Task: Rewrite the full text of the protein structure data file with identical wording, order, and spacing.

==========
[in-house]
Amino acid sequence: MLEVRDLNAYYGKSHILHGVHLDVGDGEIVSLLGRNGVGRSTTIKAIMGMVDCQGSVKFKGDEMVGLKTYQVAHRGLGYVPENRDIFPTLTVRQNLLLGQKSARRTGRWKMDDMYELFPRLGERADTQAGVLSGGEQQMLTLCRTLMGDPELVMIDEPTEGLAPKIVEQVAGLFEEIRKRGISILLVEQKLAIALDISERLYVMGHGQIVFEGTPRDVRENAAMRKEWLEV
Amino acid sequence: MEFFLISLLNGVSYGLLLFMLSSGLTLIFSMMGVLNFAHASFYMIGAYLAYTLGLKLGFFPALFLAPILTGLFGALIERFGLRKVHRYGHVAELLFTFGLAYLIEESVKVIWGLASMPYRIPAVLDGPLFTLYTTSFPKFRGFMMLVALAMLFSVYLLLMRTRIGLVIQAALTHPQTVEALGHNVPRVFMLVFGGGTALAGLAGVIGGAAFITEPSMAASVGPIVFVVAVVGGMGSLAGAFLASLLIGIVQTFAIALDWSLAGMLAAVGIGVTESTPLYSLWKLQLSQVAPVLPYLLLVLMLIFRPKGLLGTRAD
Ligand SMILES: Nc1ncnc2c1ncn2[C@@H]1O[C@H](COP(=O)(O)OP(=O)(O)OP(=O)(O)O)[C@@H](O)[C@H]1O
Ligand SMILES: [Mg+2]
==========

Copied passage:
[in-house]
Amino acid sequence: MLEVRDLNAYYGKSHILHGVHLDVGDGEIVSLLGRNGVGRSTTIKAIMGMVDCQGSVKFKGDEMVGLKTYQVAHRGLGYVPENRDIFPTLTVRQNLLLGQKSARRTGRWKMDDMYELFPRLGERADTQAGVLSGGEQQMLTLCRTLMGDPELVMIDEPTEGLAPKIVEQVAGLFEEIRKRGISILLVEQKLAIALDISERLYVMGHGQIVFEGTPRDVRENAAMRKEWLEV
Amino acid sequence: MEFFLISLLNGVSYGLLLFMLSSGLTLIFSMMGVLNFAHASFYMIGAYLAYTLGLKLGFFPALFLAPILTGLFGALIERFGLRKVHRYGHVAELLFTFGLAYLIEESVKVIWGLASMPYRIPAVLDGPLFTLYTTSFPKFRGFMMLVALAMLFSVYLLLMRTRIGLVIQAALTHPQTVEALGHNVPRVFMLVFGGGTALAGLAGVIGGAAFITEPSMAASVGPIVFVVAVVGGMGSLAGAFLASLLIGIVQTFAIALDWSLAGMLAAVGIGVTESTPLYSLWKLQLSQVAPVLPYLLLVLMLIFRPKGLLGTRAD
Ligand SMILES: Nc1ncnc2c1ncn2[C@@H]1O[C@H](COP(=O)(O)OP(=O)(O)OP(=O)(O)O)[C@@H](O)[C@H]1O
Ligand SMILES: [Mg+2]